A veteran Ohio police officer observing two men engaging in conduct that, in the officer’s opinion, appeared suspicious in nature resulted in a landmark ruling by the United States Supreme Court in 1968. The decision in Terry v. Ohio, 392 U.S. 1 (1968) authorized an investigative procedure that law enforcement officers in Wadsworth, Medina and Brunswick rely upon on a daily basis.
Basic Elements of a Terry stop
A Terry stop, or a stop and frisk, involves the temporary detention of an individual and a pat down of clothing to rule out the presence of weapons. The purpose of the stop is to allow a police officer in Wadsworth, Medina and Brunswick to investigate by questioning a suspect about possible criminal activity.
What sets the Terry stop apart from an arrest is the absence of probable cause that is usually required to detain someone. In Terry v. Ohio, the Supreme Court ruled that an investigative stop can be conducted without probable cause as long as the officer has reasonable suspicion to believe that criminal activity might be present.
The Court defined reasonable suspicion as the belief based upon the observations of a reasonably prudent police officer based upon experience and training that an individual might be involved in criminal activity. Probable cause requires the officer to have articulable facts and circumstances establishing in the mind of a reasonably prudent person that an individual has committed or is committing a crime in Wadsworth, Medina and Brunswick.
Steps Officers Follow in a Terry Stop
A Terry stop is the equivalent of the pause button on the remote control of a DVD player that temporarily freezes the action to give a police officer an opportunity to investigate. Initiating the stop begins with the officer identifying himself to the suspect. This is followed by a brief period of questioning during which the officer either becomes satisfied that no criminal activity is involved or that the suspect is committing, has committed or is about to commit a crime.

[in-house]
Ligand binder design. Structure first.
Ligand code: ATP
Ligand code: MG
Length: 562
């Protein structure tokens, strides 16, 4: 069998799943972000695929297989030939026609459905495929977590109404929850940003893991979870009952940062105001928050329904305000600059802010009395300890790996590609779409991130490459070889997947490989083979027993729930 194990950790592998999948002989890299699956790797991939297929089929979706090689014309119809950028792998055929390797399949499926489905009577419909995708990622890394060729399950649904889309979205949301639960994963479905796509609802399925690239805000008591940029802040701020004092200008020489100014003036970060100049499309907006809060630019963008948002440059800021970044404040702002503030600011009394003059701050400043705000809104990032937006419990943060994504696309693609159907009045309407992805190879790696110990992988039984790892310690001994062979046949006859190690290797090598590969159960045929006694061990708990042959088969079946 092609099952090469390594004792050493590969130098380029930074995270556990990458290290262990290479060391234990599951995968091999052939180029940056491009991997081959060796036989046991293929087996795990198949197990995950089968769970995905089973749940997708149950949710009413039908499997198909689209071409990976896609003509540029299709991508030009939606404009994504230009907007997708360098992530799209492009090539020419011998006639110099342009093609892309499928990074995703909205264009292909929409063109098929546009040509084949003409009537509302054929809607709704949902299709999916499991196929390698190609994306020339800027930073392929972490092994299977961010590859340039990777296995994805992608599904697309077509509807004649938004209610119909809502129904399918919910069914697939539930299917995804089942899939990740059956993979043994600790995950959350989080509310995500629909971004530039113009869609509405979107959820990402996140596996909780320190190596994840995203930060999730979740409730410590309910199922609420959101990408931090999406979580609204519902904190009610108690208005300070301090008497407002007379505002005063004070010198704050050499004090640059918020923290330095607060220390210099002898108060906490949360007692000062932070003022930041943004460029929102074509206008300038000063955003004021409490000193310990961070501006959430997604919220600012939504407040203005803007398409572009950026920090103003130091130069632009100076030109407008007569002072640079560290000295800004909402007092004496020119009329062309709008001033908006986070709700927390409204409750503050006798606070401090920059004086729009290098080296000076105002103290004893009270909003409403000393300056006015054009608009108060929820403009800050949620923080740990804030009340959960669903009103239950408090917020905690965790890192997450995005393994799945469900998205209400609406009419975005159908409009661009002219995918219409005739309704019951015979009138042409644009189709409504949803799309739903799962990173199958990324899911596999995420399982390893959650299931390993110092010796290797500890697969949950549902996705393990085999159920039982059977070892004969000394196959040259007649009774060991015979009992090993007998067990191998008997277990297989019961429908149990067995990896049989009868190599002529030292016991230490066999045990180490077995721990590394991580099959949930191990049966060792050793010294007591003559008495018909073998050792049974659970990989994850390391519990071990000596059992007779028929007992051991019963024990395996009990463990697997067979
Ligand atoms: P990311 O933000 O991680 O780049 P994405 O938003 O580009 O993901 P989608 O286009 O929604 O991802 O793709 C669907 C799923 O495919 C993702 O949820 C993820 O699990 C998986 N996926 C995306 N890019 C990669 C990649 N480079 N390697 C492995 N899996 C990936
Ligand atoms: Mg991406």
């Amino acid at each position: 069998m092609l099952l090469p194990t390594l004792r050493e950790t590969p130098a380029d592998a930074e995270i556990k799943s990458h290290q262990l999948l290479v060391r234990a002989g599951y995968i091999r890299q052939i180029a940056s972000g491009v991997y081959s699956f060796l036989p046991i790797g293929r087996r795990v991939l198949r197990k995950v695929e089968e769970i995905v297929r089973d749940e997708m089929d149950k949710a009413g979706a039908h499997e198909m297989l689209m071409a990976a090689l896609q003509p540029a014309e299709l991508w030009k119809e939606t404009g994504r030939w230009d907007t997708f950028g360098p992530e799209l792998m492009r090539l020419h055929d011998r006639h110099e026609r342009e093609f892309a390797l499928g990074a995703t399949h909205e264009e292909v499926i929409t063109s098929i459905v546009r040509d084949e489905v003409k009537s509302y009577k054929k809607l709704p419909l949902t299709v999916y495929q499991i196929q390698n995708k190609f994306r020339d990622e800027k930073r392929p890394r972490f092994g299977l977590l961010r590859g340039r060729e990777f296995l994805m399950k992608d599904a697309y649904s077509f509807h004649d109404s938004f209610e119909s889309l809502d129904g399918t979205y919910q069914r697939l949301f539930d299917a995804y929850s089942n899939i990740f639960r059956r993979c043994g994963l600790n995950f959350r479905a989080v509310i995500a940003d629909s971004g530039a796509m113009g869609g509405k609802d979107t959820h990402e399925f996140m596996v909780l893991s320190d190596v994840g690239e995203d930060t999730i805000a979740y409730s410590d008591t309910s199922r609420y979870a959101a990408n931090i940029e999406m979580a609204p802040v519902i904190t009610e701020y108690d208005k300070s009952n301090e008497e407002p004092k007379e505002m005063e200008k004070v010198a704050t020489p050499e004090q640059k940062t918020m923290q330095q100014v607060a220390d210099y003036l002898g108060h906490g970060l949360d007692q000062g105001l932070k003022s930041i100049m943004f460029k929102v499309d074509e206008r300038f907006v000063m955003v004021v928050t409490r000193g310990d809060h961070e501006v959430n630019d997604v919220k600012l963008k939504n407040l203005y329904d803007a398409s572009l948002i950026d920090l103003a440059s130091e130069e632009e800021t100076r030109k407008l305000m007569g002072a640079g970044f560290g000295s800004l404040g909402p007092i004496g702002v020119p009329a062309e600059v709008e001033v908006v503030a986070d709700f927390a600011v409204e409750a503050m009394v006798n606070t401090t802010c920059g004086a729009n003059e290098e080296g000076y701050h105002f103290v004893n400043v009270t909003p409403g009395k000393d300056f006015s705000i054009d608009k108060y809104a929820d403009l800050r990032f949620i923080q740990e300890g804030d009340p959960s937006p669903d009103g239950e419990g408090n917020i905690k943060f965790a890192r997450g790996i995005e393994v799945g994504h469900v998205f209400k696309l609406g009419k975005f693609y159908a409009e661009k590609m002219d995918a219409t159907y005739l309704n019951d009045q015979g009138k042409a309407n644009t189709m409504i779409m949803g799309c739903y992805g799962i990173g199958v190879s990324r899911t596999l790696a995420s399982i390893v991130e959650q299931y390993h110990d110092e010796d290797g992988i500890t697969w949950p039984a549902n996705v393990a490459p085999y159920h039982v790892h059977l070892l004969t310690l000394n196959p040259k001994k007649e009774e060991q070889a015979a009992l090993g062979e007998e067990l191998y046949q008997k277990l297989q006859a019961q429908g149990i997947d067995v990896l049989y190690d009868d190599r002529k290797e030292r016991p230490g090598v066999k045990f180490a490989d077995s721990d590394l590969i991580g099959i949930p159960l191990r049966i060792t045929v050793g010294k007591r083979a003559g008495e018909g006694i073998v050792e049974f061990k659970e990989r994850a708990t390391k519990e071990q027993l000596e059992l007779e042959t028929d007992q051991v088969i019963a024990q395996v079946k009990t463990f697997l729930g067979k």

If the officer is satisfied that the suspect is not engaged in criminal activity, the stop ends with no further action. If the questioning leads the officer to believe that the suspect is engaged in criminal activity, the officer can make an arrest based upon probable cause.
During the stop, the police cannot remove the suspect from the scene. Forcing a person to go with a police officer is a restriction on that person’s right to move about freely and would violate the Fourth Amendment of the U.S. Constitution unless the officer had probable cause to make an arrest.
The Frisk in a Terry Stop
If a police officer in Wadsworth, Medina and Brunswick believes a person stopped for questioning might be armed, the Supreme Court authorized a light pat down of the individual’s outer clothing. If the officer feels a gun, knife or other weapon, the officer may reach into the suspect’s pocket to retrieve it.
Because an officer making a Terry does not have probable cause to search the person for evidence when the stop is first initiated, an officer who reaches into a pocket, purse or other hidden area would be doing so without probable cause. This would be a violation of the Fourth Amendment prohibition against unreasonable searches and seizures. The frisk associated with a Terry stop is a protective procedure to safeguard the officer during the question of the suspect in Wadsworth, Medina and Brunswick.
Answering Questions During a Terry Stop
People stopped by the police under the procedures authorized in Terry v. Ohio generally do not have to answer questions posed by the officers, but Ohio law creates an exception to the general rule. Individuals stopped by the police in a public place must identify themselves by name, address and date of birth. Failure to do so could subject a person to arrest.
What to do When a Terry Stop Leads to an Arrest
If the brief detention and questioning of an investigative stop leads to probable cause with a police officer believing that a crime has been committed, a custodial arrest might take place. Unlike a Terry stop, a custodial arrest involves handcuffs and a total restriction on the suspect’s freedom of movement.
Whether the detention is a brief investigative stop or a custodial arrest, the best course of action for you to take is to be respectful and cooperative, but make it clear that you want to speak to an attorney before answering any questions. If you are arrested, you have the right to speak to an attorney before answering questions posed by police officers.
Police officers and detectives in Medina, Brunswick and Wadsworth are trained to obtain incriminating statements from people during investigative stops or arrests. Except for identifying yourself during a stop in a public place, refusing to answer questions will not lead to additional penalties. In fact, answering questions while you are in custody and without seeking the advice of an attorney might give the police evidence to use against you and could make it more difficult for your attorney to defend you.